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Next up for AI in the EU: Liability

Oct 10, 2023

Illustration: Tiffany Herring/Axios

While policymakers in the United States work on the beginning stages of AI regulation, Europe is already thinking about how companies will be held liable for harms.

Driving the news: As the EU AI Act nears completion, the bloc is considering updated and new directives that would significantly impact how AI companies operate and are held financially accountable for their services and products, along with how they insure their products.

Why it matters: The U.S. hardly has a handle on how AI will be controlled in the future as global companies prepare for a possible new liability regime beyond the EU AI Act and increased insurance costs in Europe.

  • It's yet another example of the EU pushing forward on tech policy, setting rules and norms as others slowly catch up.
  • The U.S., U.K. and EU all want to be aligned on priorities for governing AI, and there's more cohesion than in previous tech policy debates, like around the GDPR. But the EU is still inarguably leading.

Details: The EU is considering two directives to supplement the AI Act and create a unified approach to regulating how people can get redress from companies for perceived harm by AI.

  • The AI Product Liability Directive would amend an existing set of EU rules around consumer protection, updating the current liability framework so it's easier to bring claims against AI and software companies for digital harms.
  • On Monday, committees in the EU Parliament adopted a position of revisions on that directive, and it will now be negotiated with the EU Council. Negotiations will likely close next February.
  • The AI Liability Directive aims to make it easier to bring claims of harm against AI systems and use of AI, enabling courts to compel AI providers for evidence.

What they're saying: "It's extremely complex, and I think even policymakers struggle to make the case for it," Mathilde Adjutor, senior policy manager for CCIA Europe, told Axios.

  • "We're seeing this big extension of scope that can have economic impact through insurability costs of tech and software companies."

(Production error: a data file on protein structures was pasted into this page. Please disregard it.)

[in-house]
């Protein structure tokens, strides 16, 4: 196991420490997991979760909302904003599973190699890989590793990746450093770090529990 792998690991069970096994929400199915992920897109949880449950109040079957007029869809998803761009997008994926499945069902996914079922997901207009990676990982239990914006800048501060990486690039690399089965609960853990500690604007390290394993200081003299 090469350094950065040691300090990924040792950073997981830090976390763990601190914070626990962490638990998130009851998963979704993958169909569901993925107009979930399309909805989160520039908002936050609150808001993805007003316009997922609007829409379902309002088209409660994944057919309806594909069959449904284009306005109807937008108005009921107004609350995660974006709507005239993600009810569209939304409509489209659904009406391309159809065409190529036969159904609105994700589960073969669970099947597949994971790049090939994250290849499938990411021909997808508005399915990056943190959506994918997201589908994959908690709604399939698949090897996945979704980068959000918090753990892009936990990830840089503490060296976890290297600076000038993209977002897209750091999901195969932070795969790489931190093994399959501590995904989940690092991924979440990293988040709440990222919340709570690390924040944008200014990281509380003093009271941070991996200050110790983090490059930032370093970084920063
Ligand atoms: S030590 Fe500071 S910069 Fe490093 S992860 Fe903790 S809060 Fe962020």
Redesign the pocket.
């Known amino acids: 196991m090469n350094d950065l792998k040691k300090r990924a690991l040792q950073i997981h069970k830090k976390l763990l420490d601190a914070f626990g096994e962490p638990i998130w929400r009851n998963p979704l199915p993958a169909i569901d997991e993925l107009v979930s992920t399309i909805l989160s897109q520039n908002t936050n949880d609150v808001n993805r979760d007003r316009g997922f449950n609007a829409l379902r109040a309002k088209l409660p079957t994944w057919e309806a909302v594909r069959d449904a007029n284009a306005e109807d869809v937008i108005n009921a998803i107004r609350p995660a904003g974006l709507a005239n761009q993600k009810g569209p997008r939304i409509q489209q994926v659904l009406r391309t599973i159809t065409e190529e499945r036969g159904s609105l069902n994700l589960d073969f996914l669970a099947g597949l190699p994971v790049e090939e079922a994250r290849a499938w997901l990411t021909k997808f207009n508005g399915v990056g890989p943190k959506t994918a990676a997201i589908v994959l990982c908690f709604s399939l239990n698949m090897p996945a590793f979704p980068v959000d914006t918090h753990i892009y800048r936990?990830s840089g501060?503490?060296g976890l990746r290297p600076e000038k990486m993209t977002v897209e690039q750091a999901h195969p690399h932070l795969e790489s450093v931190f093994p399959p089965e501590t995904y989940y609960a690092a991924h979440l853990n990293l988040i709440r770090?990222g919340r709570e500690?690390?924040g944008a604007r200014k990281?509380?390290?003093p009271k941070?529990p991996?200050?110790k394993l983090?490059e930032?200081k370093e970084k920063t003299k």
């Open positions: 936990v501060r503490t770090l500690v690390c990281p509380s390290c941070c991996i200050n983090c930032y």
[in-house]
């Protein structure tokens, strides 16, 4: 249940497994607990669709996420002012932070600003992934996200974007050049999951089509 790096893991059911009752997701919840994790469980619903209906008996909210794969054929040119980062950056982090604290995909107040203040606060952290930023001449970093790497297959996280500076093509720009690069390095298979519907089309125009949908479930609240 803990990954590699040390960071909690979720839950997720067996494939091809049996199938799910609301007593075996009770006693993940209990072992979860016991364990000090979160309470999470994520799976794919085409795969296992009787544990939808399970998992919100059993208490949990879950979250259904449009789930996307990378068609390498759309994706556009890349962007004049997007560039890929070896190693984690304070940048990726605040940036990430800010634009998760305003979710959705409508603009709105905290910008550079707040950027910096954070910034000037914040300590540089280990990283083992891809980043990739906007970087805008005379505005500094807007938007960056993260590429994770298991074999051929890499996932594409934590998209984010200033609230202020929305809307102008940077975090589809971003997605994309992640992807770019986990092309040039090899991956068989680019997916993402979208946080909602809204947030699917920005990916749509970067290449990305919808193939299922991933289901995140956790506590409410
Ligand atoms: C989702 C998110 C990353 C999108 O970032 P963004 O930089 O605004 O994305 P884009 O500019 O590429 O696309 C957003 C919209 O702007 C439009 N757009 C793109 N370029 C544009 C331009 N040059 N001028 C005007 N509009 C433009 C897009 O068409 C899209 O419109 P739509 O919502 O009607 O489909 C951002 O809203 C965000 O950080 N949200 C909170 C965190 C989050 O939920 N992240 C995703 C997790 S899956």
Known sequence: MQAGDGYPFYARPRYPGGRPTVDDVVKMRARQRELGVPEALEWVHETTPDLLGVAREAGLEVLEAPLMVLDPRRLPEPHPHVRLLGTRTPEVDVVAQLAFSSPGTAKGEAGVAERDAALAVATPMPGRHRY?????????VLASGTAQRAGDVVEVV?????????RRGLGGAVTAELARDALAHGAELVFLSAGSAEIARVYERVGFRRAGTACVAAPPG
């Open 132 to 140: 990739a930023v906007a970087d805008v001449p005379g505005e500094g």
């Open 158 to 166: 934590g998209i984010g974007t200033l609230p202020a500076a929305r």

• CCIA and ITI, both groups whose membership is tech companies worldwide, are involved in discussions around the two directives and pushing for fewer burdens and costs on companies.
  • "The combined application of this new liability regime with the proposed AI Liability Directive, and also the EU AI Act, may affect the competitiveness of the European innovation ecosystem," Guido Lobrano, ITI's director general for Europe, said in a statement.

Of note: The product liability directive, Adjutor said, is a "safety net for liability and for consumers to get compensation from companies" when a product is damaged but without the need to prove fault.

The big picture: "The idea at very high level is to make it a little easier for consumers to pursue claims that they have been harmed by an AI system and change the standards and burdens," Vivek Mohan, co-chair of the Gibson Dunn law firm's AI practice, told Axios.

  • "The AI Act has gotten a lot more attention, because as a regulation, it'd be self-executing, like GDPR, with penalties and fines imposed by regulators."
  • But the new liability regimes are focused on consumer law and are "directives" rather than regulations, so each member state of the EU may handle them differently.

Meanwhile, in the U.S., conversations are only just beginning around who is liable when an AI system discriminates or harms people.

  • Some lawmakers have proposed entire new agencies to regulate AI, while others maintain current rules can be applied to AI, whether it's being used in health care, banking, housing or other sectors.
  • Legal experts are also not clear on whether Section 230 of the Communications Decency Act will protect online platforms from liability regarding false information produced by AI products.

What we're watching: Private litigation against tech companies is becoming more prevalent in the U.S., though it's still tough for plaintiffs to win cases without updated laws for the digital age.

  • Europe is likely to set an early example for civil complaints against AI harms and how they are settled.
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